Bolivia’s long-awaited coca use study has found the country needs to cultivate over 14,000 hectares of the crop to satisfy legal demand, a number more than double opposition claims but just slightly over half of current production.
According to information released by the Bolivian government, 14,705 hectares of coca — with each hectare estimated to produce 1,475 kilos of coca leaf per year — are needed to satisfy a 20,690 ton legal demand for coca leaf and coca derived products. The majority of consumption is attributed to households, accounting for 19,138 tons with over 3 million users and rising, followed by commercial sales in the border regions.
The largest proportion of users observed in the study — 37 percent — said they used the leaves for chewing, while 31 percent said they used them for medicinal purposes. Senator Fidel Surco of the ruling Movement Toward Socialism (MAS) explained that the study established that each coca chewer uses about six kilos of leaf per year, reported La Razon.
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The number cited in the study represents a slight increase on the current legal cap of 12,000 hectares of coca, but remains well below the 20,000 hectares limit coca growers have attempted to secure and the 25,300 actually produced, according to United Nations figures.
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The study has been carried out in a highly politicized climate, with Morales, still leader of one of the coca unions, pushing for pro-coca policies to placate his political base, while the political opposition push for a hard line against growers. The report has become a political football in this battle, with the government delaying its release for several years to complete “complementary studies,” while recently an opposition politician claimed he had seen an advance copy that stated only 6,000 hectares were needed for legal use.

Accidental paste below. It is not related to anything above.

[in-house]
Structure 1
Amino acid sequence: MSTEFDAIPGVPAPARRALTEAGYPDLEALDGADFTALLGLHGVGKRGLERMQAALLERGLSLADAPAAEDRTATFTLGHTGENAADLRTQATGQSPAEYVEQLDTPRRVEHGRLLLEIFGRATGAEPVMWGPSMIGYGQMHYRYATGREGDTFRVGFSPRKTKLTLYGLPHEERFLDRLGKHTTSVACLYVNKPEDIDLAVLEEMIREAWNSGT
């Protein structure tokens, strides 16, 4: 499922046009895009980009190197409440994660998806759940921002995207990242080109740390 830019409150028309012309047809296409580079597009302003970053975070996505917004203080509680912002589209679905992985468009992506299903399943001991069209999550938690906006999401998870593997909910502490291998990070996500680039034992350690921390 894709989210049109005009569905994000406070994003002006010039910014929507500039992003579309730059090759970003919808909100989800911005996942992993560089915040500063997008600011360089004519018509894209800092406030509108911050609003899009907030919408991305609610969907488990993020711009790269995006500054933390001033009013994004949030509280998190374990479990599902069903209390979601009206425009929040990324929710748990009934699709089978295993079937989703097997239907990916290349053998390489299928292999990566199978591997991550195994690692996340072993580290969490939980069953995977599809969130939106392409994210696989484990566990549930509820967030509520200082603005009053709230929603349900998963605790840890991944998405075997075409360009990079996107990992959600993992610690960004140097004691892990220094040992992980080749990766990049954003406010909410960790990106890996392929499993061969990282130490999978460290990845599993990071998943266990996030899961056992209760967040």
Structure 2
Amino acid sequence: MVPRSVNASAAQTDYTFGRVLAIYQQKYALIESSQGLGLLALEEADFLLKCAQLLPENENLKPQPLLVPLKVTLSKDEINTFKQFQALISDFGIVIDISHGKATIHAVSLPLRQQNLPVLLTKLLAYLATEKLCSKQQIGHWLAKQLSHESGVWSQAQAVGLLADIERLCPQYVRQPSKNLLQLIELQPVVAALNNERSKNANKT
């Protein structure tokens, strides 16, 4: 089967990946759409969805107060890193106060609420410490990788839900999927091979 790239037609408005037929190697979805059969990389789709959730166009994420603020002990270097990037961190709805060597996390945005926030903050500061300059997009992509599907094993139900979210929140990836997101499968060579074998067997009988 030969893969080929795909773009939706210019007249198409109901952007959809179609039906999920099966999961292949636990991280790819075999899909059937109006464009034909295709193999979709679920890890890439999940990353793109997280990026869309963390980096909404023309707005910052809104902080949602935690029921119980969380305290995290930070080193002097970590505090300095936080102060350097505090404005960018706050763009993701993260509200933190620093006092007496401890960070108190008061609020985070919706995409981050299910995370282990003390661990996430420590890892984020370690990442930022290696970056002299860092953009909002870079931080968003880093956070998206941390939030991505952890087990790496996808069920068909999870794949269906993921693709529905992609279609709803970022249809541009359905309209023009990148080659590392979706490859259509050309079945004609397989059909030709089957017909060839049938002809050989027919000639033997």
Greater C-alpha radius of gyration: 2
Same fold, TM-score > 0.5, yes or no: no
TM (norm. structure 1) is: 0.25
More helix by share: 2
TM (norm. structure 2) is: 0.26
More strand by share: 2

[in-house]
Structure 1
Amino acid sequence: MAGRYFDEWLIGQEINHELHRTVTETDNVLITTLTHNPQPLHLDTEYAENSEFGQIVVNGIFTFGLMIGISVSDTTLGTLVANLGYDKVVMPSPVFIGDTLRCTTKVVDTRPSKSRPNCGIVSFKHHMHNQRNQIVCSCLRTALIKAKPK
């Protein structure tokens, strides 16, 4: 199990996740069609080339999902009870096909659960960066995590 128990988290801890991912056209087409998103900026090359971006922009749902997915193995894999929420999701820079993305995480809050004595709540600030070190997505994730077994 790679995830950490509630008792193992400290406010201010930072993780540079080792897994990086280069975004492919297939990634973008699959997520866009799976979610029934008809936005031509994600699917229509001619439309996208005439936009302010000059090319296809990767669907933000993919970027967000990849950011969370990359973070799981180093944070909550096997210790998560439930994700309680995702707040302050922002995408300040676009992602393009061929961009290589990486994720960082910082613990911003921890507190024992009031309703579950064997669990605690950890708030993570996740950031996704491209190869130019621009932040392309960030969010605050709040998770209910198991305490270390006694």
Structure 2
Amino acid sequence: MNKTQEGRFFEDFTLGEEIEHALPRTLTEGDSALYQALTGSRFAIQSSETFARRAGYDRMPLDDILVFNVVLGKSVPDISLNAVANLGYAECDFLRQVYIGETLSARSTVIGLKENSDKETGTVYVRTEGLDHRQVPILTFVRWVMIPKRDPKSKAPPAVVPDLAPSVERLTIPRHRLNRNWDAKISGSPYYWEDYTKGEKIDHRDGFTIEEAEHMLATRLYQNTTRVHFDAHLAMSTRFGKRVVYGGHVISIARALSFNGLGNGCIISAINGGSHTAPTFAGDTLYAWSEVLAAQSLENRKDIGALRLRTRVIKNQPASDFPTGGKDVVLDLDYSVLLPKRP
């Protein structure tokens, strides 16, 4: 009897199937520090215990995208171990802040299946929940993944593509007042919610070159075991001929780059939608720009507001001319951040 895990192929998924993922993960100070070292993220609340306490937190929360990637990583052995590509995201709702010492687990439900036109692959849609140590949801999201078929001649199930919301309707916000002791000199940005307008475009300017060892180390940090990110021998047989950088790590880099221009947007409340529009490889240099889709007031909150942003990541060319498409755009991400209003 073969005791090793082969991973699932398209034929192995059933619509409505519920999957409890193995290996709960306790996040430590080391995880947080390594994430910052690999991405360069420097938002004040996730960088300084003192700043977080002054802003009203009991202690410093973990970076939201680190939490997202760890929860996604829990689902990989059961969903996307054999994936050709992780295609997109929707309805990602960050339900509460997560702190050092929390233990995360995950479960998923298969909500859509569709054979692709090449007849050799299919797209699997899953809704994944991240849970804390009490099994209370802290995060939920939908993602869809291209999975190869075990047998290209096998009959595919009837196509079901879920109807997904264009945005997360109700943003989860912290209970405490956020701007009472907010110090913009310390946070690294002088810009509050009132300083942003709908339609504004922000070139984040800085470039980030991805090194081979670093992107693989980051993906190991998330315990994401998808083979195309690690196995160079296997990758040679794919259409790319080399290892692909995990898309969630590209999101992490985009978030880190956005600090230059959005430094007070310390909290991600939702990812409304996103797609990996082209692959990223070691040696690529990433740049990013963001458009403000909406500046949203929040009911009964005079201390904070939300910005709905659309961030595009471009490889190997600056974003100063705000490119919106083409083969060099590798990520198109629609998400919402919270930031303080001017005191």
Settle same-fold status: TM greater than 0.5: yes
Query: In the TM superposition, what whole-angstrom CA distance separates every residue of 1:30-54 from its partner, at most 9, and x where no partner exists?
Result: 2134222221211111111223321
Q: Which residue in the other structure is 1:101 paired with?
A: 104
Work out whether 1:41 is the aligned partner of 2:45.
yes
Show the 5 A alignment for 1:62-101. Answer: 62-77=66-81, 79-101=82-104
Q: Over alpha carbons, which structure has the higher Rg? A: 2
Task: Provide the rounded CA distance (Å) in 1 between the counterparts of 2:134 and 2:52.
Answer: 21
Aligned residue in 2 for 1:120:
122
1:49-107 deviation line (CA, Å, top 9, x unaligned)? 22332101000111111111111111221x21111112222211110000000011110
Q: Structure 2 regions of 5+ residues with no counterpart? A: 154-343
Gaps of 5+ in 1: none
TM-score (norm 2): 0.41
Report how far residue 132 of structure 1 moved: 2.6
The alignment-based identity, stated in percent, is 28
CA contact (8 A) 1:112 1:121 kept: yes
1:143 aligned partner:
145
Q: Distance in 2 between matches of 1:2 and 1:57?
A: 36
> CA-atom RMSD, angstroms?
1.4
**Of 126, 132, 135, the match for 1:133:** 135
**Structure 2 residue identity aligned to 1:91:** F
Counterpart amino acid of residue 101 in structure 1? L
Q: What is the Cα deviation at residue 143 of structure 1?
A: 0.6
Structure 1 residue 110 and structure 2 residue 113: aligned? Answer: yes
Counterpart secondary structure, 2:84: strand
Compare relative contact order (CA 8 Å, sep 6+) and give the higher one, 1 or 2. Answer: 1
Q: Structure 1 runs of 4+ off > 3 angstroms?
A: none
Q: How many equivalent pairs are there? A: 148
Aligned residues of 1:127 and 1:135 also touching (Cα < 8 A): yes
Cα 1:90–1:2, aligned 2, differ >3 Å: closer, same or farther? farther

Nevertheless, there is plenty of reason to believe in the veracity of the report’s findings. Kathryn Ledebur, director of the Bolivia-based Andean Information Network and an expert on the issue, told InSight Crime that the new figure seems “reasonable and credible.” The number is also supported by a study by Vanderbilt University’s Latin American Public Opinion Project (LAPOP), which found 36 percent of Bolivians chew coca leaves.
However, although current production is nearly double the necessary amount determined by the study, the results are unlikely to be put to immediate use. Upping eradication efforts right away would be socially, economically and politically unviable for the government, particularly in the face of recent anti-eradication uprisings.